Tuesday, April 20, 2010

Tombstone Tuesday

The descendants of Indian Territory Freedmen, the former slaves of the Choctaw, Cherokee, Chickasaw, Creek and Seminole Indians have an enormous task in preserving the known and unknown burial sites of their ancestors. What I'm puzzled by is the eargerness these descendants have for asserting their rights as citizens in these nations but show no such energy when it comes to preserving these sacred sites.

When you couple the fact that none of the five slave holding tribes have a program to help preserve these sacred sites with the clear possibility that there are "Indians" interred in these "burial grounds" is perplexing!

If their sole aim is to become citizens of these five tribes based on their rights obtained through adoption and treaty, why is there no program organized to preserve this history?

If the tribes one day have an attack of honesty and somehow realize their history is part of the "Freedmen" history will they establish a program to clean up and preserve these sites?

If the tribes never adopt the descendants of their former slaves as citizens in accordance with the Fort Smith Treaty of 1866 following the Civil War, will the freedmen descendants totally abandon the gravesites of their ancestors?

We need to address these issues now and begin to establish what is important.

1 comment:

  1. You have made some valid points. It is true th at some only want a tribal card and they will walk into the sunset feeling good that they have won their "treaty rights". But overlooking the care of the final resting places of the Ancestors is such an insult to their honor.

    I am not certain if any groups outside of the group working with the Choctaw Nation are working to preserve some of these neglected resting places.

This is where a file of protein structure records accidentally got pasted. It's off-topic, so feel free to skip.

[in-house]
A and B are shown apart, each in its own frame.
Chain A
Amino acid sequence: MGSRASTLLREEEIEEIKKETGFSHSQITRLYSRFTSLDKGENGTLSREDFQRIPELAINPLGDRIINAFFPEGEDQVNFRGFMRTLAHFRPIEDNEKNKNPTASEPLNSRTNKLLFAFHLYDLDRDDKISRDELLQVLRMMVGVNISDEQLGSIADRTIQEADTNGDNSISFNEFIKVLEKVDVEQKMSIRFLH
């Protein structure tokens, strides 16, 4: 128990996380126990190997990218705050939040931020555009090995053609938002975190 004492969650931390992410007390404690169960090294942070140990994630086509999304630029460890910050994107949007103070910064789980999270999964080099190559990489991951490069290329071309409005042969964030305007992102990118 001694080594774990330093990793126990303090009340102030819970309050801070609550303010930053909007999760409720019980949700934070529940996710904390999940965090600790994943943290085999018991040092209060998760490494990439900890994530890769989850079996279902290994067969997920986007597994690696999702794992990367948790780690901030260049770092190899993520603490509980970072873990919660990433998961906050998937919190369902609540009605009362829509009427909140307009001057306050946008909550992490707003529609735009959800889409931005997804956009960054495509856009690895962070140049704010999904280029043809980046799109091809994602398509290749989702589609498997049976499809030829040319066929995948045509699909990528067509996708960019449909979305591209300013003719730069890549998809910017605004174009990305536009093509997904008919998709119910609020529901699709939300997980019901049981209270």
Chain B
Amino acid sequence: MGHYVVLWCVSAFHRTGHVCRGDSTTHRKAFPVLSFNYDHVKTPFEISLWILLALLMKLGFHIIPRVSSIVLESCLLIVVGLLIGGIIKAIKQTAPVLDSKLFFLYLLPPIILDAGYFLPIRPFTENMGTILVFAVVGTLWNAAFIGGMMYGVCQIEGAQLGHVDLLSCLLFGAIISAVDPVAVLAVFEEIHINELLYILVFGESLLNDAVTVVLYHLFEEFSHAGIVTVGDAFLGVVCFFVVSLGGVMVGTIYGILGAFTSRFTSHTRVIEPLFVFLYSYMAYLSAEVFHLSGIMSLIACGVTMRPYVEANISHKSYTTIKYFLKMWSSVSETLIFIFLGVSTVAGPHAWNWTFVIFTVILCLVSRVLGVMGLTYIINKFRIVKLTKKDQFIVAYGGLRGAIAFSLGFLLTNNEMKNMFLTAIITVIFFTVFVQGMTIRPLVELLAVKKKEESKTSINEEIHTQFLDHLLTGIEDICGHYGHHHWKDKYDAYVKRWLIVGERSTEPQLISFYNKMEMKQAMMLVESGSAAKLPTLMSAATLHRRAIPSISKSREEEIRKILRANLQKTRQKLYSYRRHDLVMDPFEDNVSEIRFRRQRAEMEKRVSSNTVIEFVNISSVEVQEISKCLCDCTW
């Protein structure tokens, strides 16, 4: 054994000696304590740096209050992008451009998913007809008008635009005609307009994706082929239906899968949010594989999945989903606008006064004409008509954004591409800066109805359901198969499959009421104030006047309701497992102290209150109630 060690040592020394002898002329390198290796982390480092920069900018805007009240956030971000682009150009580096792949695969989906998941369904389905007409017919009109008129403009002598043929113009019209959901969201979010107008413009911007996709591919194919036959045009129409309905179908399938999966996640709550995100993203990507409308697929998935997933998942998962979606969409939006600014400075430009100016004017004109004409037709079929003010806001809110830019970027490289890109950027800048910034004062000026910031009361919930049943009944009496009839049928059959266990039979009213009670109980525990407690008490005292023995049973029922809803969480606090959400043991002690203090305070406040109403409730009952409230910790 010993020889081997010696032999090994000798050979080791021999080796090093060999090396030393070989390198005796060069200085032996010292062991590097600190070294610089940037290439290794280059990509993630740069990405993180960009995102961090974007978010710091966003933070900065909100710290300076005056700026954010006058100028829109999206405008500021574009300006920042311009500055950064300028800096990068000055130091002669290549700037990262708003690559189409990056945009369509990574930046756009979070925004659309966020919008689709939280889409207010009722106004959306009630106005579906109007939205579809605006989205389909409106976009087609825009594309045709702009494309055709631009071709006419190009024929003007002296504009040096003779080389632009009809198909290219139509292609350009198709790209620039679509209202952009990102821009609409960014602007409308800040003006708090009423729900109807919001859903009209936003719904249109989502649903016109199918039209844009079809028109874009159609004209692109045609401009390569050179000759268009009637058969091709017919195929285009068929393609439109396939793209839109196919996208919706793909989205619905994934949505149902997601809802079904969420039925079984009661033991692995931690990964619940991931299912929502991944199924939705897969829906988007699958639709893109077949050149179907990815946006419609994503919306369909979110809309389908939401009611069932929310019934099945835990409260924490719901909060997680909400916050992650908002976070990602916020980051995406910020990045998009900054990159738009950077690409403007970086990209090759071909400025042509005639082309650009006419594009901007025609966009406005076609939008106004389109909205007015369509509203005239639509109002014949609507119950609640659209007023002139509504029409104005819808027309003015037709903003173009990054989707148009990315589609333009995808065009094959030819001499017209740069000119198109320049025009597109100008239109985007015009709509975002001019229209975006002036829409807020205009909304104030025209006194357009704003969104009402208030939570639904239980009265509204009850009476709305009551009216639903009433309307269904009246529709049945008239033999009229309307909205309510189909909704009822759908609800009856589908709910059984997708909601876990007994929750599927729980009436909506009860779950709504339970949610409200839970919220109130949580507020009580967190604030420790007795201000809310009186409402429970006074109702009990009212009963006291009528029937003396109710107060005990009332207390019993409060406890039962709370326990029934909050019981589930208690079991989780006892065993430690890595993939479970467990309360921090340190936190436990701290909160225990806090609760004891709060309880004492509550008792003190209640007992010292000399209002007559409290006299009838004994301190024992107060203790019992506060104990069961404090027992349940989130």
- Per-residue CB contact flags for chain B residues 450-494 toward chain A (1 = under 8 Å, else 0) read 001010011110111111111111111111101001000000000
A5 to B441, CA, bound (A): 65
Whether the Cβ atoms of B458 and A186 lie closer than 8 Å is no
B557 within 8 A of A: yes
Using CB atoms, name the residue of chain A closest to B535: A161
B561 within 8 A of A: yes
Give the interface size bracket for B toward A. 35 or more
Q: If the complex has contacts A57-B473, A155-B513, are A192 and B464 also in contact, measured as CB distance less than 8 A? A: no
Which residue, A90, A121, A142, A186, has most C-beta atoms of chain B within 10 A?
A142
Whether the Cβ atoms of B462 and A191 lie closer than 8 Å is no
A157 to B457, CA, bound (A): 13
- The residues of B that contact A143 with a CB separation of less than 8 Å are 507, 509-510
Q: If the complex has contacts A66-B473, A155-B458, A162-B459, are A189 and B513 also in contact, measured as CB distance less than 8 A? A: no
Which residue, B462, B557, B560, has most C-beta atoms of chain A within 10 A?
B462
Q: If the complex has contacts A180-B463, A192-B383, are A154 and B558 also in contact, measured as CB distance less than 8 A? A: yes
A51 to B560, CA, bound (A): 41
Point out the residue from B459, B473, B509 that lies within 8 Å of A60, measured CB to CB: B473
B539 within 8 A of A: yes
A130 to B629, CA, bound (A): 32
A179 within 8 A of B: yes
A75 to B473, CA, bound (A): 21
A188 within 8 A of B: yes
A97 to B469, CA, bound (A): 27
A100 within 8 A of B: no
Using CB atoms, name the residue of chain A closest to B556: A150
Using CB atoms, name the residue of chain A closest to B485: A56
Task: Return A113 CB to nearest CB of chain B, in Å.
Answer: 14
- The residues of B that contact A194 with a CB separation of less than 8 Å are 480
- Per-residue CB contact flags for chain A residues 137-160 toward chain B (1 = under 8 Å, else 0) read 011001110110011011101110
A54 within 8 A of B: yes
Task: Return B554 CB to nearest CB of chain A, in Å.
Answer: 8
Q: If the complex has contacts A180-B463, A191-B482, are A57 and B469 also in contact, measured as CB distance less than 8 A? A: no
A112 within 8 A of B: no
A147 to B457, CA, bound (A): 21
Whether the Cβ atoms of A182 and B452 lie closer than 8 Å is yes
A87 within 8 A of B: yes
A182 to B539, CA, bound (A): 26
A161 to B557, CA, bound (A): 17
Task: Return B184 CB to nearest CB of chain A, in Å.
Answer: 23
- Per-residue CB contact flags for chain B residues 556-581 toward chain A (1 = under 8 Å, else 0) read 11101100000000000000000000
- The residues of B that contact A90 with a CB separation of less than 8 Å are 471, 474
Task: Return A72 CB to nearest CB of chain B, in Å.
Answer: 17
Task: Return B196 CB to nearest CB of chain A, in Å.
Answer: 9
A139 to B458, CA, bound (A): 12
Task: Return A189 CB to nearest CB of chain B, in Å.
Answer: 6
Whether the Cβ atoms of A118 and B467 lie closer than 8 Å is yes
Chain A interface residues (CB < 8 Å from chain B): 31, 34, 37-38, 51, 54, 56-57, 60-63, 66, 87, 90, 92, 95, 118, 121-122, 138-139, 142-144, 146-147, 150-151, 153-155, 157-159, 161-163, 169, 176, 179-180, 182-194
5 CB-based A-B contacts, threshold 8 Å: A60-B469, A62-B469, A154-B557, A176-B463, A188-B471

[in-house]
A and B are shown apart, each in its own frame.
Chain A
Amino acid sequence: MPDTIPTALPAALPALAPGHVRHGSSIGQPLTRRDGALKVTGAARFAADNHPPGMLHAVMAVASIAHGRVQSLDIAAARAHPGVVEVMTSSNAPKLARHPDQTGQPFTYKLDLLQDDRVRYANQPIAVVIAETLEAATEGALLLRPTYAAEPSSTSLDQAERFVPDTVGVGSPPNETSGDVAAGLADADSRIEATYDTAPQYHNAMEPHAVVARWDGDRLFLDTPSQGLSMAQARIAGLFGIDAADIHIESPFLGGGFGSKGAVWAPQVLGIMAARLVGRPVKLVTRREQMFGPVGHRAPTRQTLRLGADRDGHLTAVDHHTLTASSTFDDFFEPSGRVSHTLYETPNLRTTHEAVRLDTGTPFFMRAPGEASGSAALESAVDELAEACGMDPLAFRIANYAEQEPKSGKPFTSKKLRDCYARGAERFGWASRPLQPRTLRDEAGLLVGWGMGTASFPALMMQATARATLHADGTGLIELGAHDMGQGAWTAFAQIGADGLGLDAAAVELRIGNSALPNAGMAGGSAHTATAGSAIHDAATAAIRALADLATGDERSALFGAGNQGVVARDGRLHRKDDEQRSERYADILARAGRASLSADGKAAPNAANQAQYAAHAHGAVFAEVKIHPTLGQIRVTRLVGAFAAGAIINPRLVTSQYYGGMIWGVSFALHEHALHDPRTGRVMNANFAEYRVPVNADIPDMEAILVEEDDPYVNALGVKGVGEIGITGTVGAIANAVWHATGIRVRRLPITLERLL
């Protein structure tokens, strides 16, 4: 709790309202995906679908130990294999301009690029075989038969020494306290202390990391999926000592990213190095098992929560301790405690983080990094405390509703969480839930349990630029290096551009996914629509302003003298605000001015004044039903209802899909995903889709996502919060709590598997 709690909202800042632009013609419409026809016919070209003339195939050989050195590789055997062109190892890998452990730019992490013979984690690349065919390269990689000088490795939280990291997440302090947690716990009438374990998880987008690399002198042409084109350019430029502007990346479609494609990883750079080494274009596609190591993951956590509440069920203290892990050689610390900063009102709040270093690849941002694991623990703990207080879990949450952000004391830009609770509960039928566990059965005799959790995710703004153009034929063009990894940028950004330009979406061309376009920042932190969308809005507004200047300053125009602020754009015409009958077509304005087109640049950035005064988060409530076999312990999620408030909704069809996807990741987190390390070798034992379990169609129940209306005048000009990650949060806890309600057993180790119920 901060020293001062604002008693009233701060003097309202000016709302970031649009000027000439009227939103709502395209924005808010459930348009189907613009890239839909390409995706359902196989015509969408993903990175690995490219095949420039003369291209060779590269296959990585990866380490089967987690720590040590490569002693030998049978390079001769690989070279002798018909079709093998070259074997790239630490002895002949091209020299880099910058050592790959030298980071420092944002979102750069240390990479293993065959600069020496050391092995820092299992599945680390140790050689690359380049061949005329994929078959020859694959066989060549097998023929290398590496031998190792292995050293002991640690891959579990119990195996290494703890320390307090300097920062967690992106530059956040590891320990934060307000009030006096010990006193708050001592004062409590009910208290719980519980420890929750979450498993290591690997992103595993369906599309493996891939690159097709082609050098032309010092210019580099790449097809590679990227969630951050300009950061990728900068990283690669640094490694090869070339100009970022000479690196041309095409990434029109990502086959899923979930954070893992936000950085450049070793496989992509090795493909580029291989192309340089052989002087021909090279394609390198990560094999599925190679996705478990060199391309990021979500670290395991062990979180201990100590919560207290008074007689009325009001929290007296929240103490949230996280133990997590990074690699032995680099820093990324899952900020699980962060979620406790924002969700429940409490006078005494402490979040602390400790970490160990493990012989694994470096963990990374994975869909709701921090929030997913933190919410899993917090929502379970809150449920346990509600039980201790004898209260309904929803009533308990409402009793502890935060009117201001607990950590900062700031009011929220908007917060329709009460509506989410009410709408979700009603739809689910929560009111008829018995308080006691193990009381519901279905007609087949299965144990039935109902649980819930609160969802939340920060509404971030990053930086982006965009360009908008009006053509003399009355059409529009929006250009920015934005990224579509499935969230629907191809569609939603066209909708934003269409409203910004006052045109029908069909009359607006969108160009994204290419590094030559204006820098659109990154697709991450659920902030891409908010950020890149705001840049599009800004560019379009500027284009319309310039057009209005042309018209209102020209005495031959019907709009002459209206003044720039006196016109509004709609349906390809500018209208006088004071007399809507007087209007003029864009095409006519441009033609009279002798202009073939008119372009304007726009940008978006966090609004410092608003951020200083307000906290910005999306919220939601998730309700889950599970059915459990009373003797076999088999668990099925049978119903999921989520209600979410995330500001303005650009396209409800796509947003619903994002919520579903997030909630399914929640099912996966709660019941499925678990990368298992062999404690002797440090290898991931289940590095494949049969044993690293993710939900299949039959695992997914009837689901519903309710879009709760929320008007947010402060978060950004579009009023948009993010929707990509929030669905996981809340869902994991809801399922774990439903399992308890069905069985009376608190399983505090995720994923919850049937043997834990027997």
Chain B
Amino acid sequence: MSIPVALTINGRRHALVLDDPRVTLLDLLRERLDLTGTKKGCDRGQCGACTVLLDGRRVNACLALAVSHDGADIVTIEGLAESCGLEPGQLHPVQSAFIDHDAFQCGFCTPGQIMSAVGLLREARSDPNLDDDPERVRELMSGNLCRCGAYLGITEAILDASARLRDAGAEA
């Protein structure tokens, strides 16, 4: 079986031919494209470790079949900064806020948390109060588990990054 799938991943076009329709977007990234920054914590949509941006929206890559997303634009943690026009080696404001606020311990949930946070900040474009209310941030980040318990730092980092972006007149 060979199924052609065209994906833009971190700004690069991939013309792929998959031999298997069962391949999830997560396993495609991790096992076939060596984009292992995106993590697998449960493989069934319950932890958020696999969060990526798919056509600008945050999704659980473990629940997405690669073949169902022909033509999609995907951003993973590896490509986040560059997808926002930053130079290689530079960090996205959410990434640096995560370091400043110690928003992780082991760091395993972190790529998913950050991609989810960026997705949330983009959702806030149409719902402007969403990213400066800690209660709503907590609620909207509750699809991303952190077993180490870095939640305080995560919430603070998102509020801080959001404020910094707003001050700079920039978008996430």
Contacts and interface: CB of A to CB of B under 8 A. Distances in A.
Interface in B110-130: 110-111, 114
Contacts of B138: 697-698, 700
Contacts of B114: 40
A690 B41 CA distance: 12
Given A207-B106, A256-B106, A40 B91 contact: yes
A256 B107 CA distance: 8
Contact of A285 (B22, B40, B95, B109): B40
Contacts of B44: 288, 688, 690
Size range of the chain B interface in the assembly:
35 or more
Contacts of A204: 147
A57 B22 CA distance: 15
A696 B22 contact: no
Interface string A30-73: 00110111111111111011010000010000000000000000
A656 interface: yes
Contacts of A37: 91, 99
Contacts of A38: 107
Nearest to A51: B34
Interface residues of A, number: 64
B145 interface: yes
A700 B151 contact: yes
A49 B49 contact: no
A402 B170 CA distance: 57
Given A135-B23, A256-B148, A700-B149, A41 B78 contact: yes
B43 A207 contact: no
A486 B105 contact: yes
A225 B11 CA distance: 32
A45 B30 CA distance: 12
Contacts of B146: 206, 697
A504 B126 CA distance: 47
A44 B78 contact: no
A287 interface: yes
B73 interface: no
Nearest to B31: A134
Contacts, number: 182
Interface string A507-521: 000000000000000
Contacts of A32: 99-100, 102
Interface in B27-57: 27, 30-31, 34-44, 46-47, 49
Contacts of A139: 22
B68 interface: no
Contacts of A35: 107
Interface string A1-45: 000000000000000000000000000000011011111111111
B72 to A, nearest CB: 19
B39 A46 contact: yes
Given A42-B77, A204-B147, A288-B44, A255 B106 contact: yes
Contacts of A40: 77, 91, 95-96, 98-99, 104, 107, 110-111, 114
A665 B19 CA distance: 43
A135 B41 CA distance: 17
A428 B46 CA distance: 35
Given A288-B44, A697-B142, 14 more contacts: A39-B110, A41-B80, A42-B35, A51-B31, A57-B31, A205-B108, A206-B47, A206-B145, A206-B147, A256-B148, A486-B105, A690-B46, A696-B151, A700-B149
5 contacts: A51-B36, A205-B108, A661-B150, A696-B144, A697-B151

There was an initiative begun by a non Freedman, non-tribal person in Muskogee to work on Agency, but I have never seen the issues among Freedmen groups but one does not know.

    Hundreds of Creek Freedmen drive up and down Highway 69 every day entering Muskogee from the North. Do they glance to the left as they pass Old Agency where so many leaders are buried? Some old Cherokee Freedmen cemeteries are in areas near Vinita, and Nowata, some cared for and others not. Is there an effort to preserve them with the Freedmen band? Perhaps there are, but I don't know.

    Some folks may just want to get a card, make sure the tribe doesn't take it from them, and then they can ride happily into the sunset, treaty rights intact, and ancestors dishonored. But--hopefully this is not the case and historic preservation will become one of the goals of many.

    I recall years ago outlining certain committees and goals after we both had gone to Tulsa and participated in the founding meeting. I spent hours writing provisions for historic preservation to be among the goals. They were essentially not embraced at that time, as other issues arose, and to date such emphasis has long been discarded, like the bodies in Old Agency.

    BUT---that should not stop anyone from doing what must be done. So many tasks. The more one does, the more that must be done.

    So--we get to work on those issues that we hold close. That is all that one can do.